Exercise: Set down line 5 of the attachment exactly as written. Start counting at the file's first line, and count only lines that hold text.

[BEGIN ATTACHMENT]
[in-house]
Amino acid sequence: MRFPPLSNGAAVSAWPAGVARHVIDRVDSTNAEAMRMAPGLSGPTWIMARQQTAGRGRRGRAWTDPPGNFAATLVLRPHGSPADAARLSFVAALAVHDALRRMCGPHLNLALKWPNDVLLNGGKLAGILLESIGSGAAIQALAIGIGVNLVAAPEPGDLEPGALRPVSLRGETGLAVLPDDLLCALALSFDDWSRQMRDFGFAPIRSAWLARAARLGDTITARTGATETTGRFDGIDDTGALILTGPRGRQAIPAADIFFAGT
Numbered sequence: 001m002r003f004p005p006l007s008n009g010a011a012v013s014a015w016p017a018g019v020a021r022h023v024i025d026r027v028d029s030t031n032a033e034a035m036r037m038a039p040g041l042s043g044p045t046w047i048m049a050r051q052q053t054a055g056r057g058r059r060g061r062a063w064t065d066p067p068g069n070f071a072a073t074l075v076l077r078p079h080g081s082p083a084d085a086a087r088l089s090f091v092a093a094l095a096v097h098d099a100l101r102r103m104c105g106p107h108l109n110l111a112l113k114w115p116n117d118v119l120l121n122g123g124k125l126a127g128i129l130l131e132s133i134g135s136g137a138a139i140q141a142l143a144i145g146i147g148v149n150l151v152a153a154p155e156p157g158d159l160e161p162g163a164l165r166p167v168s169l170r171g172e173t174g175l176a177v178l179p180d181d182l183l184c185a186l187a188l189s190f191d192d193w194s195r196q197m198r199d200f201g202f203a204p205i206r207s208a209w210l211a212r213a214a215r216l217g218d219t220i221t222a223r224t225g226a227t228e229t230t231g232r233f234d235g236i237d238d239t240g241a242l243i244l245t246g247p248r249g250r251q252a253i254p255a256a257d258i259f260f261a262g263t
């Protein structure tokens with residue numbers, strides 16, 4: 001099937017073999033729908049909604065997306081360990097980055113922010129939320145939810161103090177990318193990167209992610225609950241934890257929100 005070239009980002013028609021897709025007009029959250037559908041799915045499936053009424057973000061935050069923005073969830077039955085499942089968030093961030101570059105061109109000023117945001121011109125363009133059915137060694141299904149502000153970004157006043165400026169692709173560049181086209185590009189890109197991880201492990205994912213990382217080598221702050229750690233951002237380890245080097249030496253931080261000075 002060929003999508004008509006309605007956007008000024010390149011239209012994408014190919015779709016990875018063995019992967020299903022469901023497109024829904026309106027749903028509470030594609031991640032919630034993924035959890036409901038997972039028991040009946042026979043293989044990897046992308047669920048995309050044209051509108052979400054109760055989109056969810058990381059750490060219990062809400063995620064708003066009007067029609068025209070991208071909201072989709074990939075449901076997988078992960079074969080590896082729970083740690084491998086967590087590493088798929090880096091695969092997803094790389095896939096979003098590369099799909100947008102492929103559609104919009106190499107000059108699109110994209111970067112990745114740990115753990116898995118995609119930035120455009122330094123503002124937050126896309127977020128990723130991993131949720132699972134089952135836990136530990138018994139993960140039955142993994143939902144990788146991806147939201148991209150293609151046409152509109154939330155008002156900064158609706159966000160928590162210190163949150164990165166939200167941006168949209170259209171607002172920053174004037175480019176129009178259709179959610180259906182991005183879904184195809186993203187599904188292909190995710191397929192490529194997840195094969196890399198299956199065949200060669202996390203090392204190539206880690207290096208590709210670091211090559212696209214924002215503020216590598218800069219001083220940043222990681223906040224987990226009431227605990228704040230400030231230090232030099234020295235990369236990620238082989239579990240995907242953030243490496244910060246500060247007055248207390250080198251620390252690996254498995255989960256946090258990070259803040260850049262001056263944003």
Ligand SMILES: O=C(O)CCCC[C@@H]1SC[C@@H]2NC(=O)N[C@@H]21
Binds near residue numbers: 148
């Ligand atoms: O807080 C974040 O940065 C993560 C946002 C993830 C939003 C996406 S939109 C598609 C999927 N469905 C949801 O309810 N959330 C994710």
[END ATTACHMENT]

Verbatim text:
Ligand SMILES: O=C(O)CCCC[C@@H]1SC[C@@H]2NC(=O)N[C@@H]21